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Title: The reproduction and negotiation of knowledge in HIV/AIDS consultations in Malawi
Author: Chimbwete-Phiri, Rachel
ISNI:       0000 0004 8505 1199
Awarding Body: University of Warwick
Current Institution: University of Warwick
Date of Award: 2018
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This study investigates the extent to which clients and health professionals in antenatal clinics in a rural hospital in Malawi reproduce and negotiate knowledge about HIV/AIDS during group counselling and educational talks. Malawi is a developing country with economic and public health challenges, particularly in the area of HIV/AIDS. While there have been achievements in getting people tested to check their HIV status, efforts have been hampered by inadequate compliance with HIV/AIDS treatment, especially in the area of prevention of HIV transmission from mother to child. The study argues that analysis of the discourse of patients and health professionals in antenatal HIV/AIDS consultations can lead to a clearer understanding of different systems of knowledge that have a bearing on outcomes of treatment utilisation and preventive practices. To do this, the study utilises interactional data from healthcare professionals and pregnant women, hospital documents and interviews to assess the extent to which clients are involved in the exploration of knowledge about HIV/AIDS prevention, management, and treatment. The study employs a discourse analytical approach, particulary interactional sociolinguistics which is supplemented by critical discourse analysis. The study observes that the health professionals use collaborative discourse strategies to increase patient participation during the consultations, such as question and answer exchanges, local knowledge resources such as stories, metaphor, and humour. However, the study also reveals that the interaction is constitutive of power asymmetries reinforced by social and institutional structures which constrain the agency of the pregnant women in the discourse of HIV/AIDS. It observes that there is a tension between medical knowledge and other forms of local knowledge, which are influential yet partially elided from the discourse. The study closes with recommendations for the improvement of actual healthcare practices in order to reinforce client participation.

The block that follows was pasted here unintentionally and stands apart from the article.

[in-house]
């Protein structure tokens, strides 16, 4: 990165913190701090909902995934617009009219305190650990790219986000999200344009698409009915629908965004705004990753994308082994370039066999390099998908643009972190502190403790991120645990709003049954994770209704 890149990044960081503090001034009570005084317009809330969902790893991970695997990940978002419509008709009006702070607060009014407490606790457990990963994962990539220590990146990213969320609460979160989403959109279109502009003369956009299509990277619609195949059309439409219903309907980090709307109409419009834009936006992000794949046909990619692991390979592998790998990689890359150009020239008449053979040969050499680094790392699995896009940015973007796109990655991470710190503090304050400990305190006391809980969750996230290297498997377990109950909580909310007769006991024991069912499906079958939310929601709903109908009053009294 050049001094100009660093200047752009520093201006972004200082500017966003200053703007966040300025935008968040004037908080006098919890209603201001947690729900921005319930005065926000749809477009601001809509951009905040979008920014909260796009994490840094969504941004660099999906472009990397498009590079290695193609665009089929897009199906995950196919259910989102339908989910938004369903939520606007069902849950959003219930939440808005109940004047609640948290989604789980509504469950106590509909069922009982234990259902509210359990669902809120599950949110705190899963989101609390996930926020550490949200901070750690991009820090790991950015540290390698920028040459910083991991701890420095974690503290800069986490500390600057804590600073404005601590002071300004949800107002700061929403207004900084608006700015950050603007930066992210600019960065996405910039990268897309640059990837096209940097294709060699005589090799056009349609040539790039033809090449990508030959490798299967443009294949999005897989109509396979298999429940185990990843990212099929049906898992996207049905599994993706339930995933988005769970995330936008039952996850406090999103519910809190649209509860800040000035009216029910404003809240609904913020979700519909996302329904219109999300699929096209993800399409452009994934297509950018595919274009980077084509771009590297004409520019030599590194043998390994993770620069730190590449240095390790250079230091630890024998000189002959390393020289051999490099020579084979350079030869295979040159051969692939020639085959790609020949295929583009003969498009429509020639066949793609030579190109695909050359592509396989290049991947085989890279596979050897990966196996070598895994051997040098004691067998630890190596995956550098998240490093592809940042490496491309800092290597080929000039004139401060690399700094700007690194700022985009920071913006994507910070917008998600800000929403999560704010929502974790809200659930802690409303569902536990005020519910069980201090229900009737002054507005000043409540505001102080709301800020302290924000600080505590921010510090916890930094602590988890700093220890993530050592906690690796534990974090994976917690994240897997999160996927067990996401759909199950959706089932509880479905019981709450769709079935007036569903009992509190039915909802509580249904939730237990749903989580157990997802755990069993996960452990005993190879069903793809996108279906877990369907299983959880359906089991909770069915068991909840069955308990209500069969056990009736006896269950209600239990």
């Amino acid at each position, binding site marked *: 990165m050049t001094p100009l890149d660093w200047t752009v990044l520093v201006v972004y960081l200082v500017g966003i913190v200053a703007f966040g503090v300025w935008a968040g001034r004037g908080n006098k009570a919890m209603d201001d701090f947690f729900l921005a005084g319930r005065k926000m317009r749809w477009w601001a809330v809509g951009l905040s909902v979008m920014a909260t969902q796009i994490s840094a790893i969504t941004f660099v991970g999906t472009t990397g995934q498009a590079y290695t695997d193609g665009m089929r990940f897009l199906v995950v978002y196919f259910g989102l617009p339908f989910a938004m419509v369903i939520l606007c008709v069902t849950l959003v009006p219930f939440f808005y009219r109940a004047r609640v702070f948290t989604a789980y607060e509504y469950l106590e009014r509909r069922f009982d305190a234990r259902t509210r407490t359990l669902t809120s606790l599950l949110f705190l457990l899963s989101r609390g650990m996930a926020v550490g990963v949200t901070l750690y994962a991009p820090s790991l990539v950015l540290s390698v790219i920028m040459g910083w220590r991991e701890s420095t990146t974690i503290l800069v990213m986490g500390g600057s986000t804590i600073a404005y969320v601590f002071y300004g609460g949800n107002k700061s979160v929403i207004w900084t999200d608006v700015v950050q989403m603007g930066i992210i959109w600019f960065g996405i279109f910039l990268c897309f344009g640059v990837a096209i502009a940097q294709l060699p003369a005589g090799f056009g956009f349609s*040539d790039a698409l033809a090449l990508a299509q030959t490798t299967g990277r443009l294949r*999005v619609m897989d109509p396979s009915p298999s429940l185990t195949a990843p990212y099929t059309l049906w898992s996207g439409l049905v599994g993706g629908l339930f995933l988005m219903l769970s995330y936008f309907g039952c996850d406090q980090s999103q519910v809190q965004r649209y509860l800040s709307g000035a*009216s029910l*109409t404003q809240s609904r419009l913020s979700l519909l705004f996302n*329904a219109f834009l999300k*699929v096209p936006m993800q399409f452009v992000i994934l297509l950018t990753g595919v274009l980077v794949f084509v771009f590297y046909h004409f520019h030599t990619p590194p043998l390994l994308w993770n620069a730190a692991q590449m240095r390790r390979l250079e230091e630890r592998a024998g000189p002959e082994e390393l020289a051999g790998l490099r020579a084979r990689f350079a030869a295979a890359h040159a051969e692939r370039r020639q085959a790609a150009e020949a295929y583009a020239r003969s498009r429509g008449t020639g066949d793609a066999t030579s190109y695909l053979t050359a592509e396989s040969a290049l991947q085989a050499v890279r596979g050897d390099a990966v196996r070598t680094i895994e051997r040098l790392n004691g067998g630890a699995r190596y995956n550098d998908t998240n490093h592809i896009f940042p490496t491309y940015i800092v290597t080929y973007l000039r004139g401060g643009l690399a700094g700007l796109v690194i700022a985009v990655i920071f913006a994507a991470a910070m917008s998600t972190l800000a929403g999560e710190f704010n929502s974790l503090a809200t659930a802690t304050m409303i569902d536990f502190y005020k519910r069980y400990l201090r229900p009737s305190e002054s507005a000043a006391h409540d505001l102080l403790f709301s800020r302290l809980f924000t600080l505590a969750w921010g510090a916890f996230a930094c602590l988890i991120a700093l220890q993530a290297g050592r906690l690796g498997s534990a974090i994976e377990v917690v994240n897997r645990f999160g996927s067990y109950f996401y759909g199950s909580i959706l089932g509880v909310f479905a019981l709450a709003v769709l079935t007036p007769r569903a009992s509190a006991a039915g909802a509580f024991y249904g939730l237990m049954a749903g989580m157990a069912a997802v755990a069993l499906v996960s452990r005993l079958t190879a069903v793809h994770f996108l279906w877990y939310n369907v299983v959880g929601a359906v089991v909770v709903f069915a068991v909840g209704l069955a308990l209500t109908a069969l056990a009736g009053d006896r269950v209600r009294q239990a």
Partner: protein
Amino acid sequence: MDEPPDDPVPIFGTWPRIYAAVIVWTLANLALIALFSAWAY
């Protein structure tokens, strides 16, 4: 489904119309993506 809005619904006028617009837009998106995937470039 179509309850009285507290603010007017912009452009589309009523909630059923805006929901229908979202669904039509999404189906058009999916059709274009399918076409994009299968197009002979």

Supervisor: Not available Sponsor: Commonwealth Scholarship Commission in the United Kingdom
Qualification Name: Thesis (Ph.D.) Qualification Level: Doctoral
EThOS ID:  DOI: Not available
Keywords: P Philology. Linguistics ; Q Science (General) ; R Medicine (General)